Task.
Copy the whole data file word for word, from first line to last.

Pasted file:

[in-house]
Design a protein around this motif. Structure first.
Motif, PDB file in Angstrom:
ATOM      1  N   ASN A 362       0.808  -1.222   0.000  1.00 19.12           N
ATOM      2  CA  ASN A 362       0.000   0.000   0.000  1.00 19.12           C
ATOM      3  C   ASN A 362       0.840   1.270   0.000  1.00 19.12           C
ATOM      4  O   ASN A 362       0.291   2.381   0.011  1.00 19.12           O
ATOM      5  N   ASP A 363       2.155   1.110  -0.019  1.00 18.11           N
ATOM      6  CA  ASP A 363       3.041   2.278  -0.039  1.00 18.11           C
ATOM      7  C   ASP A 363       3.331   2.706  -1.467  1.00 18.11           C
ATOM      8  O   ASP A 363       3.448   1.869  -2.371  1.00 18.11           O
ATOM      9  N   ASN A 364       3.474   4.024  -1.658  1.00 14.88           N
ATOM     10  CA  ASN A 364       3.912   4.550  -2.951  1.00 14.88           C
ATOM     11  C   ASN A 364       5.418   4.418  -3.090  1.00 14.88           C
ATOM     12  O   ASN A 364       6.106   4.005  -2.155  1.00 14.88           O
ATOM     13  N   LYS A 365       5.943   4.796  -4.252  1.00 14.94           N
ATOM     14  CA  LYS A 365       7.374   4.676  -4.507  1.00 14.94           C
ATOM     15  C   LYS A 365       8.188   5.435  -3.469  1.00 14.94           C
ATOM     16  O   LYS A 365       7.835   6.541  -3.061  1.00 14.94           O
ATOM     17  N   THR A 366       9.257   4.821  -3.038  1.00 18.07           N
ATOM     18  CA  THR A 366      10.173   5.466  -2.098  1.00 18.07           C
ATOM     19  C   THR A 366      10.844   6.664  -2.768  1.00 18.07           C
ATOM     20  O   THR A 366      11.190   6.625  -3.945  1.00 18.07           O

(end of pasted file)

[in-house]
Design a protein around this motif. Structure first.
Motif, PDB file in Angstrom:
ATOM      1  N   ASN A 362       0.808  -1.222   0.000  1.00 19.12           N
ATOM      2  CA  ASN A 362       0.000   0.000   0.000  1.00 19.12           C
ATOM      3  C   ASN A 362       0.840   1.270   0.000  1.00 19.12           C
ATOM      4  O   ASN A 362       0.291   2.381   0.011  1.00 19.12           O
ATOM      5  N   ASP A 363       2.155   1.110  -0.019  1.00 18.11           N
ATOM      6  CA  ASP A 363       3.041   2.278  -0.039  1.00 18.11           C
ATOM      7  C   ASP A 363       3.331   2.706  -1.467  1.00 18.11           C
ATOM      8  O   ASP A 363       3.448   1.869  -2.371  1.00 18.11           O
ATOM      9  N   ASN A 364       3.474   4.024  -1.658  1.00 14.88           N
ATOM     10  CA  ASN A 364       3.912   4.550  -2.951  1.00 14.88           C
ATOM     11  C   ASN A 364       5.418   4.418  -3.090  1.00 14.88           C
ATOM     12  O   ASN A 364       6.106   4.005  -2.155  1.00 14.88           O
ATOM     13  N   LYS A 365       5.943   4.796  -4.252  1.00 14.94           N
ATOM     14  CA  LYS A 365       7.374   4.676  -4.507  1.00 14.94           C
ATOM     15  C   LYS A 365       8.188   5.435  -3.469  1.00 14.94           C
ATOM     16  O   LYS A 365       7.835   6.541  -3.061  1.00 14.94           O
ATOM     17  N   THR A 366       9.257   4.821  -3.038  1.00 18.07           N
ATOM     18  CA  THR A 366      10.173   5.466  -2.098  1.00 18.07           C
ATOM     19  C   THR A 366      10.844   6.664  -2.768  1.00 18.07           C
ATOM     20  O   THR A 366      11.190   6.625  -3.945  1.00 18.07           O